Okay. Assume this is an investment. Let's use the numbers from the most recent grads on file (2013), and ignore the four year option and scholarships (numbers from lawschooltransparency)-

SCU-

42.2% employment score (this is the number of people who successfully start a career in the law by working at a job that requires a JD, but does exclude contract jobs, school-funded jobs, and solo practitioners (which are very few in number nowadays).

22.7% are unemployed (defined as unemployed in any job, even after bar results).

Tuition is $47,040 per year, increasing at an average of approximately 4.56% a year over the last five years.

SLU-

50.5% employment score.

15.9% are unemployed.

Tuition is $38,435 per year, increasing at 2.2% over the last five years.

So, assuming you are completely average, and ignoring inflation and debt servicing, then one way you could calculate an expected return is as follows:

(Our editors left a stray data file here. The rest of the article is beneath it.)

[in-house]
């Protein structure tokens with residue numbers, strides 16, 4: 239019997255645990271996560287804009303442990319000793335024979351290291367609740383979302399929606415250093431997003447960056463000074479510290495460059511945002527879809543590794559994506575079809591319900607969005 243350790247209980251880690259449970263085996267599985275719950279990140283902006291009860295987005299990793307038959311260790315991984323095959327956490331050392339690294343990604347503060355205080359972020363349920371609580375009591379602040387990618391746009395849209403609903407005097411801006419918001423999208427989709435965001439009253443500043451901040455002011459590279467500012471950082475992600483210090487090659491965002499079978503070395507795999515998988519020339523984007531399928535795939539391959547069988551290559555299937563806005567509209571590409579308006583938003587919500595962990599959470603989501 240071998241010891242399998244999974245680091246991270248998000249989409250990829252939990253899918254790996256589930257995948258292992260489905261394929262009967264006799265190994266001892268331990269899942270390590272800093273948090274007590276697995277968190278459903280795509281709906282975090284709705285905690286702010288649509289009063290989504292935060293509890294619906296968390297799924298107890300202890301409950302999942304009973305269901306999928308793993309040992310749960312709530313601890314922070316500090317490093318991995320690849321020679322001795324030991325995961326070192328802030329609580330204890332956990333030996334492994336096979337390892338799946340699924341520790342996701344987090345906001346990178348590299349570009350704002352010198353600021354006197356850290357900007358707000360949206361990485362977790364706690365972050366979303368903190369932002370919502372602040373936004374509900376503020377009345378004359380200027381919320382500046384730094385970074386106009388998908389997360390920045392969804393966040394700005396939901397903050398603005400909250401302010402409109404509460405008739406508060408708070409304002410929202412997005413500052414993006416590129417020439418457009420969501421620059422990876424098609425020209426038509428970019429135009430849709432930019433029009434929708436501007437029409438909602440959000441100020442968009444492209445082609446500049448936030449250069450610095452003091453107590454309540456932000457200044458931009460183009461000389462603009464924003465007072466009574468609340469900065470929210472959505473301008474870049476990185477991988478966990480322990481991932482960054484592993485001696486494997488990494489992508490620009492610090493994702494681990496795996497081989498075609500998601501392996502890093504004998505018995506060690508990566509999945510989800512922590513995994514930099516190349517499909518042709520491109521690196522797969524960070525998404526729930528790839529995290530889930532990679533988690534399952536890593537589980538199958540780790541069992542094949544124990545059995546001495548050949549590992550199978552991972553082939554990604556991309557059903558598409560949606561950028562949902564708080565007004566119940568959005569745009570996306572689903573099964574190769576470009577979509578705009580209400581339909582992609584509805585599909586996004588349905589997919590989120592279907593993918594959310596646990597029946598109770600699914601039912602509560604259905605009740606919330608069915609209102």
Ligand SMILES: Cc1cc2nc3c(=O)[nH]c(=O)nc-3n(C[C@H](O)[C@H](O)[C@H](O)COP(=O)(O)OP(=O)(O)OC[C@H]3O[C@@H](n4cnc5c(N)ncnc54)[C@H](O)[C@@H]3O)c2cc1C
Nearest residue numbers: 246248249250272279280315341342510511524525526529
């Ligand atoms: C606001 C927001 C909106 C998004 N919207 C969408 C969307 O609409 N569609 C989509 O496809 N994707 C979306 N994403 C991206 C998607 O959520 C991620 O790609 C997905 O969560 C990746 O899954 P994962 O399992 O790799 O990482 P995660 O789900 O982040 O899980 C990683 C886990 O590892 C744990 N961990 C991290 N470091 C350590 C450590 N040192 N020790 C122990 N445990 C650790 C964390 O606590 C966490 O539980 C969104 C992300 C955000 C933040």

SCU: 47040*3 = 141120 / .422 = 334407.58

SLU: 38435*3 = 115305 / .505 = 228326.73

(This would be the cost of tuition per annum, times the number of years. Then divide it by the expected likelihood of finding a job. This gives you a raw score; lower is better.... in other words, a schools with a total cost of 100k and a 50% chance of ending up with a job has a true cost, or score, of $200k by this method).

Now, you can tweak the numbers by adding in cost of living. By putting in scholarships. If you feel adventurous, you can add in expected tuition increases, and also add in the added cost of the debt load based on current stafford, etc. rates. But this should give you a decent place to start to compare. It's cost + job opportunities. Also, before anyone says that yada yada the job score penalizes SCU unfairly, note that it also tracks the unemployment rates of the schools, and, in addition, SCU has non-reporters (not a good sign, so I'd add that 2.2% to the unemployment).